A consortium from Hamburg University of Technology (TUHH), TU Dresden (TUD) and Autodesk have collaborated with GE AAT Munich to produce one of the largest single metal parts for use in aerospace.
The Advanced Additive Integrated Turbine Centre Frame (TCF) casing was revealed after a 6 year development process that included materials testing and characterization, and ultimately the build and test of the component itself.
The 1 meter diameter part was printed in nickel alloy 718 on a GE Additive Direct Metal Laser Melting (DMLM) system.
It is designed to be used on narrow-body engines, and using printing as opposed to casting has reduced the part count from 150 individual components down to just 1.
In addition to the benefits of reduced part count (smaller inventory, less paperwork, less storage space), the part was shown to have a mass and cost reduction of 30%.
The lead time for the part (not including development time, naturally) was reduced from more than nine months to just two and a half months.
Clean Sky 2
The part has been developed in response to a Clean Sky 2 call for proposal. The Clean Sky 2 project is a public-private partnership between the European Commission and the European aeronautics industry that coordinates and funds research activities to deliver significantly quieter and more environmentally friendly aircraft. Mass reduction is a large part of achieving these goals, and AM is a promising technology that has permeated many projects under the Clean Sky 2 banner.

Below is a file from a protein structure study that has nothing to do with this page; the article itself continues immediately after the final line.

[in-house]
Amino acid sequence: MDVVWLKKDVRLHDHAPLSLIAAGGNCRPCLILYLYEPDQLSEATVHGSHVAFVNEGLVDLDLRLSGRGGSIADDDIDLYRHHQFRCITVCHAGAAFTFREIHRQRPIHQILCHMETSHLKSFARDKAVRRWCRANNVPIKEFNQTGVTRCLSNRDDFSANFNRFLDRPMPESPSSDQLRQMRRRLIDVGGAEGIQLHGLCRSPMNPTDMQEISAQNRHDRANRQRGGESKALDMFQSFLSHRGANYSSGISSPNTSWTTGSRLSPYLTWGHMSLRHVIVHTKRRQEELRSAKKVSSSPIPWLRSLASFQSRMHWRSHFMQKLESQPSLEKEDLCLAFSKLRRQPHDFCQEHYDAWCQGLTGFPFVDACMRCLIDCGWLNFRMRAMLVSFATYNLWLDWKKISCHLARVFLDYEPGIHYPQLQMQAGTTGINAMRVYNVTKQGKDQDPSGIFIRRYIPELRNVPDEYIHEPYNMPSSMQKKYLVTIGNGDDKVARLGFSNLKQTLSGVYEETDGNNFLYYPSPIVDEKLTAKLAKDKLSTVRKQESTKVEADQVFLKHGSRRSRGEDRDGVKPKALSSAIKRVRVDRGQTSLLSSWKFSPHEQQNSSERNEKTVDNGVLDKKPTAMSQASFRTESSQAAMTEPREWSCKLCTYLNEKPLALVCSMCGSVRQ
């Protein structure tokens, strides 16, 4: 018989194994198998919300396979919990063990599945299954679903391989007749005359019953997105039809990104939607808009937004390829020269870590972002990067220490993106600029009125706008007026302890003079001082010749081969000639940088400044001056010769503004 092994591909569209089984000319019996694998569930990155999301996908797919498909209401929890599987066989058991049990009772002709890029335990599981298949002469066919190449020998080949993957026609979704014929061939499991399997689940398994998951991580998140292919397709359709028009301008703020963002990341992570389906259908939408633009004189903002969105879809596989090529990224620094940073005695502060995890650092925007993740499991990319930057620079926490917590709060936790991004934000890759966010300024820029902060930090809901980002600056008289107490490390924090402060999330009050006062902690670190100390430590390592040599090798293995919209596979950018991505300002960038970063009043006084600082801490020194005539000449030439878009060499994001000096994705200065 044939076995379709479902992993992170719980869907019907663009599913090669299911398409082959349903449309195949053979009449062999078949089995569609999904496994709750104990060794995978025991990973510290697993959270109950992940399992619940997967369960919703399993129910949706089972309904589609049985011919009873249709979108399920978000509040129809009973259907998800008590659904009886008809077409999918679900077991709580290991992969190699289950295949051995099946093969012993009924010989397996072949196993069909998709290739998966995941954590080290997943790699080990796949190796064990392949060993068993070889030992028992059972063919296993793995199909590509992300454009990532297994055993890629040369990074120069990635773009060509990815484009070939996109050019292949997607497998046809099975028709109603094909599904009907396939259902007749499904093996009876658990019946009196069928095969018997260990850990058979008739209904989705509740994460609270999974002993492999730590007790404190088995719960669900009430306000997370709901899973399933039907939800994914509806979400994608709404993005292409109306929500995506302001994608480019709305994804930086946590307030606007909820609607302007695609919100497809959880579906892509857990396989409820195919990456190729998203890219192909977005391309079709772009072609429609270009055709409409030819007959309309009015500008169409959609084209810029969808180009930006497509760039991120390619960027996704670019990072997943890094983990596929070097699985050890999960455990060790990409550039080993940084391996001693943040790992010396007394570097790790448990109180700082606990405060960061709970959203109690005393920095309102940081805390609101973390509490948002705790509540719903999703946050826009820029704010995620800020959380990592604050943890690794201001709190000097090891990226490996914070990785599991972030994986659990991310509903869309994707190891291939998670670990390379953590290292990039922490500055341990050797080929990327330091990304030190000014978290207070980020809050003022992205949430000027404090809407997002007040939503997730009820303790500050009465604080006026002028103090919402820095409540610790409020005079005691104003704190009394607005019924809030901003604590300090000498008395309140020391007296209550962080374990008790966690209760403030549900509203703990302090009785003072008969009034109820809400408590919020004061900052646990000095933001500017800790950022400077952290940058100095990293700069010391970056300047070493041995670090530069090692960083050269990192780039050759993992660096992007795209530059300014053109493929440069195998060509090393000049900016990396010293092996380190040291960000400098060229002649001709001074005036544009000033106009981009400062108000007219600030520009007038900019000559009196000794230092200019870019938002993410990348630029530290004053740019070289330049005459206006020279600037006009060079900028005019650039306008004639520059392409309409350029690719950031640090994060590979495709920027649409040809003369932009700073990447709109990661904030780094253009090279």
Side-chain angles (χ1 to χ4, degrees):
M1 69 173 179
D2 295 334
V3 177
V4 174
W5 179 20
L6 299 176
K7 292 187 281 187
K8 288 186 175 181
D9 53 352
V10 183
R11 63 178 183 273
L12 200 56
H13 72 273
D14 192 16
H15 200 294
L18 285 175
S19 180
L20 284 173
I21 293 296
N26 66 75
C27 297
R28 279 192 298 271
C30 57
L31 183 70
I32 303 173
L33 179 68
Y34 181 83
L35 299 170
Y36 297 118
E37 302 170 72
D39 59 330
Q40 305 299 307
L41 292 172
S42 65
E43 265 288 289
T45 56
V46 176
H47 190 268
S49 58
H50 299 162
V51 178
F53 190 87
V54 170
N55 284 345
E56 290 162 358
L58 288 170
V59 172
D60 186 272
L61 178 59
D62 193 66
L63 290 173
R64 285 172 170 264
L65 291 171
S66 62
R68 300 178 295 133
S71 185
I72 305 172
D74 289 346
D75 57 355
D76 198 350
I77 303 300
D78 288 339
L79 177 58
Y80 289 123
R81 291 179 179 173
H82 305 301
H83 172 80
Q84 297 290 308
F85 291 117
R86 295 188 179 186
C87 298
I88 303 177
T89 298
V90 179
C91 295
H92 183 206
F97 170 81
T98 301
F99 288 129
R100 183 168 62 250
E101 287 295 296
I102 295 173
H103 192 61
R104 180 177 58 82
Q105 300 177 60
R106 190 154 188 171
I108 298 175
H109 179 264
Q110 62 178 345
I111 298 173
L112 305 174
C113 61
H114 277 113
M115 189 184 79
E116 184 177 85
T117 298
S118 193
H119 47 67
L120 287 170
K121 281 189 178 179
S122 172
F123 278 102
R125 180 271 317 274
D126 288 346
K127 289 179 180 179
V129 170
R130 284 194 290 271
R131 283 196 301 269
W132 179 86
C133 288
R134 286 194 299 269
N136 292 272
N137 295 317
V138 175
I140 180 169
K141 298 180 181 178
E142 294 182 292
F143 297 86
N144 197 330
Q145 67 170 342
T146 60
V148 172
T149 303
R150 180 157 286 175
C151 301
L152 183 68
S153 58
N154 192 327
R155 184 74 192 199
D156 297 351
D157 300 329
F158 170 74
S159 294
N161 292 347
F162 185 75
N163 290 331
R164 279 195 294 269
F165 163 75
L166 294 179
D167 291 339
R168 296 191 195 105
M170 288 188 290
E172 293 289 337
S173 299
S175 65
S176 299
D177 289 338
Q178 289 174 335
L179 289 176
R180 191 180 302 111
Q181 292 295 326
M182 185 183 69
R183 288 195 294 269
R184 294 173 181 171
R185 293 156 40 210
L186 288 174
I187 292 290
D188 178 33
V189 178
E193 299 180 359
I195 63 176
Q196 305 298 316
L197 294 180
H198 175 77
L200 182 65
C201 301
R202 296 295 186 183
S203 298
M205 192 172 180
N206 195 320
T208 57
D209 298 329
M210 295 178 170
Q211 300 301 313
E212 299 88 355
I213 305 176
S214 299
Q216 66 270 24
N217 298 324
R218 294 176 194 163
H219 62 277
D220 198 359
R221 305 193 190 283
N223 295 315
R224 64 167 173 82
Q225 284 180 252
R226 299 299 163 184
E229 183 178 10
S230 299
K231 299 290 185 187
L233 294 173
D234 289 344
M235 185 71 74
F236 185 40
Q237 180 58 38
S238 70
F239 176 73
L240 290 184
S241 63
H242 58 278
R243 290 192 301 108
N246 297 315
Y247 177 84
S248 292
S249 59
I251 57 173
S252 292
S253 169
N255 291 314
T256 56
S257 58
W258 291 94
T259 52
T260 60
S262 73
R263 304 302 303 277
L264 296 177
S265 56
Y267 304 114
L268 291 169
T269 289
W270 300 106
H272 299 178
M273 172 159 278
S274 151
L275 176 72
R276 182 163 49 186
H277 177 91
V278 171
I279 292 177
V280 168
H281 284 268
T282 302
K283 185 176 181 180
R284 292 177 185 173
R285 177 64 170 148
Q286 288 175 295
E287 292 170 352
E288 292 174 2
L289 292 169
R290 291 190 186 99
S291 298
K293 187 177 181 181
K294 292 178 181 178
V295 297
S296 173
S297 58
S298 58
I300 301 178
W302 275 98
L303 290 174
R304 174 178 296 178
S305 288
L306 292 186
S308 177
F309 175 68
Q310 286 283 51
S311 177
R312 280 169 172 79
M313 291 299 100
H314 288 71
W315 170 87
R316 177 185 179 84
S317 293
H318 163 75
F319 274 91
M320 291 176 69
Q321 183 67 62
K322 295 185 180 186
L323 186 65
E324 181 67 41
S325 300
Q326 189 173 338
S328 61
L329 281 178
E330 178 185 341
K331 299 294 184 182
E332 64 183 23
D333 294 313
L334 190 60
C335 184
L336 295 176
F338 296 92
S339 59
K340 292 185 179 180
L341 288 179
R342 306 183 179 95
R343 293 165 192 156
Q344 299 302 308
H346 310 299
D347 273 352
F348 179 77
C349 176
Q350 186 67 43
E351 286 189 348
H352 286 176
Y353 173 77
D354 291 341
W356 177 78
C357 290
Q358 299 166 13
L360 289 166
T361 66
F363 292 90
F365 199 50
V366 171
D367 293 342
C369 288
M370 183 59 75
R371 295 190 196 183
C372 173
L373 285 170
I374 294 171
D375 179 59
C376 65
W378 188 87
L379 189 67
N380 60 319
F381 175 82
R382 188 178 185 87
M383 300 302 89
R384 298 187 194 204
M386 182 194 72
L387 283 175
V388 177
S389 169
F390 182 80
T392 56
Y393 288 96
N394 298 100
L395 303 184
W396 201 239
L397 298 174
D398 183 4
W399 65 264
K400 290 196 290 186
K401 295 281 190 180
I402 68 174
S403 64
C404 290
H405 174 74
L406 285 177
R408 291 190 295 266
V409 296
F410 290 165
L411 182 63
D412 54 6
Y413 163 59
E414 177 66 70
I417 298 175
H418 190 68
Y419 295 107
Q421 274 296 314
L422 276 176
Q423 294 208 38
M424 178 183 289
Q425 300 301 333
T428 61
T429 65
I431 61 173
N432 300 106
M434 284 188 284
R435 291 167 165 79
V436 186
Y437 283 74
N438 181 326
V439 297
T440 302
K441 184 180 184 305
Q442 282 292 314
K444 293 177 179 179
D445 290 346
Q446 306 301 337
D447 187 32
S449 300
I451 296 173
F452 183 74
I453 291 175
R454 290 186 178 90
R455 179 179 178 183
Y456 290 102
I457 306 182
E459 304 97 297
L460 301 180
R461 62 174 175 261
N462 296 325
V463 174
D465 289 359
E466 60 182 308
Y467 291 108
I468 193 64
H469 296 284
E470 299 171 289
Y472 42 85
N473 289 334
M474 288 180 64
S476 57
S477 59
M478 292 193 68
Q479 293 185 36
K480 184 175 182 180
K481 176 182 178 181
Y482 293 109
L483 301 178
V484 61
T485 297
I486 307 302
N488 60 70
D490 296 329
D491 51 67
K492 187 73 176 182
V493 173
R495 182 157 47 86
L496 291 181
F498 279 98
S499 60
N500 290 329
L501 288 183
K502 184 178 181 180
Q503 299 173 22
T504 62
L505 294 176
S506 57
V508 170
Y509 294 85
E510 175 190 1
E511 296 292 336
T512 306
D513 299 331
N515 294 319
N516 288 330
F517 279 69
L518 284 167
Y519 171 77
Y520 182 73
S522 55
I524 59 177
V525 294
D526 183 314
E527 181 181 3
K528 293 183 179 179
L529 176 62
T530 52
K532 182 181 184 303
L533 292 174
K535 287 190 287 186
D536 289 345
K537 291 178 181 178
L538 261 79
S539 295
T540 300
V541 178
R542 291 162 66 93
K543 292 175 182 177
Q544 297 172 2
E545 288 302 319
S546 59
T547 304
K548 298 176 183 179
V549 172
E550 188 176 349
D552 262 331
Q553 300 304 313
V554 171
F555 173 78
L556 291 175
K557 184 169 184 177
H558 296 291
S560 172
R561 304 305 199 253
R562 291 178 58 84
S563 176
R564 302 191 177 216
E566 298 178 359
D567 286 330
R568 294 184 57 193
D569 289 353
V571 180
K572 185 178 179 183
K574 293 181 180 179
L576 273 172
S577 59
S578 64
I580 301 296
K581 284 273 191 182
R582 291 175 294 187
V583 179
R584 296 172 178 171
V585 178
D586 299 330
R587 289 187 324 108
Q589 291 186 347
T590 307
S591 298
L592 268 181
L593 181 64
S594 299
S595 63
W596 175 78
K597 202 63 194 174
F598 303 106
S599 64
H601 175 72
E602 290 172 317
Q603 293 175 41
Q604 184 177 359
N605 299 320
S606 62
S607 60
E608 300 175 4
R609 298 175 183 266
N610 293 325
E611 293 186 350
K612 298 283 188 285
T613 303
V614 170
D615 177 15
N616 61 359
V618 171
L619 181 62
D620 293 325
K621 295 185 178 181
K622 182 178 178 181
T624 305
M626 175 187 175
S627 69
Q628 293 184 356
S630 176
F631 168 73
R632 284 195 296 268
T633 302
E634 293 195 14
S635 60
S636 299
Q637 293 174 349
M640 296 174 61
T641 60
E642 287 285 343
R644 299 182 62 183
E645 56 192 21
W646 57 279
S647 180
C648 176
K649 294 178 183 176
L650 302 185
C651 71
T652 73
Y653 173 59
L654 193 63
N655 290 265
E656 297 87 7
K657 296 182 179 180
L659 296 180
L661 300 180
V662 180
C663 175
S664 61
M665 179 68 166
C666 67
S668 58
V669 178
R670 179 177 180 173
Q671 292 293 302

“Additive manufacturing offers enormous potential to lower weight, improve component functionalities, and substantially reduce part count in complex assemblies, directly increasing aircraft energy efficiency, and reducing assembly costs and time,” said Christina-Maria Margariti, project officer for hydrogen-powered aircraft for Clean Aviation.
“The Clean Aviation program, in line with the EU Green Deal objective of carbon neutrality by 2050, supports the launch of disruptive new products by 2035, with the aim to replace 75% of the operating fleet by 2050. Faster time to market and increased production rates will therefore be crucial to reaching these ambitious environmental targets.”
The manufacturing development was performed in steps, on smaller sections and at smaller scales, gradually increasing the MRL (Manufacturing Readiness Level) until the process was mature enough to attempt the full-size version.
Additional requirements for the design included a performance increase of 0.2% in specific fuel consumption, which was indeed obtained.
The design features multiple solutions to reduce pressure, thermal gradients and stress in the component. The actual CAD, CFD and mechanical simulation work was performed with the help of Autodesk and their various software packages.
The good news is that the new process and workflow is not only valid for brand new engine designs, but can be leveraged to existing and legacy engine center frames as well.